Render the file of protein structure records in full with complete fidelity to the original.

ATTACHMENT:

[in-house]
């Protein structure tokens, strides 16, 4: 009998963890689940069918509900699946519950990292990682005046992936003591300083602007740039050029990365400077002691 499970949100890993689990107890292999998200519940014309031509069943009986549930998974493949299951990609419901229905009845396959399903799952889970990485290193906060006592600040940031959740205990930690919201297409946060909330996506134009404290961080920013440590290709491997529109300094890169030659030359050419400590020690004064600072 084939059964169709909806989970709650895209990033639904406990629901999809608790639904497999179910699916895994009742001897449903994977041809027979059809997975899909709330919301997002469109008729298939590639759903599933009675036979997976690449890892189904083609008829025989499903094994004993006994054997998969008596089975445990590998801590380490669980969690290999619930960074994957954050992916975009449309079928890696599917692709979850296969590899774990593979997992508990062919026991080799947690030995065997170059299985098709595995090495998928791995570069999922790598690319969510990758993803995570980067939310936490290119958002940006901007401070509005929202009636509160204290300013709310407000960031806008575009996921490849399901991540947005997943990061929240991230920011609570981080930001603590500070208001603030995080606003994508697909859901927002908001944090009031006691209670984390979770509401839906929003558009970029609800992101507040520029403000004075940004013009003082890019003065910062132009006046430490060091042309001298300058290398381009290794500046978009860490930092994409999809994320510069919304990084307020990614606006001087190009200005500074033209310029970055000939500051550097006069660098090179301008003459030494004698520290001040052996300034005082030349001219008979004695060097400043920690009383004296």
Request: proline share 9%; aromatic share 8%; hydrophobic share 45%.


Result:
[in-house]
């Protein structure tokens, strides 16, 4: 009998963890689940069918509900699946519950990292990682005046992936003591300083602007740039050029990365400077002691 499970949100890993689990107890292999998200519940014309031509069943009986549930998974493949299951990609419901229905009845396959399903799952889970990485290193906060006592600040940031959740205990930690919201297409946060909330996506134009404290961080920013440590290709491997529109300094890169030659030359050419400590020690004064600072 084939059964169709909806989970709650895209990033639904406990629901999809608790639904497999179910699916895994009742001897449903994977041809027979059809997975899909709330919301997002469109008729298939590639759903599933009675036979997976690449890892189904083609008829025989499903094994004993006994054997998969008596089975445990590998801590380490669980969690290999619930960074994957954050992916975009449309079928890696599917692709979850296969590899774990593979997992508990062919026991080799947690030995065997170059299985098709595995090495998928791995570069999922790598690319969510990758993803995570980067939310936490290119958002940006901007401070509005929202009636509160204290300013709310407000960031806008575009996921490849399901991540947005997943990061929240991230920011609570981080930001603590500070208001603030995080606003994508697909859901927002908001944090009031006691209670984390979770509401839906929003558009970029609800992101507040520029403000004075940004013009003082890019003065910062132009006046430490060091042309001298300058290398381009290794500046978009860490930092994409999809994320510069919304990084307020990614606006001087190009200005500074033209310029970055000939500051550097006069660098090179301008003459030494004698520290001040052996300034005082030349001219008979004695060097400043920690009383004296």
Request: proline share 9%; aromatic share 8%; hydrophobic share 45%.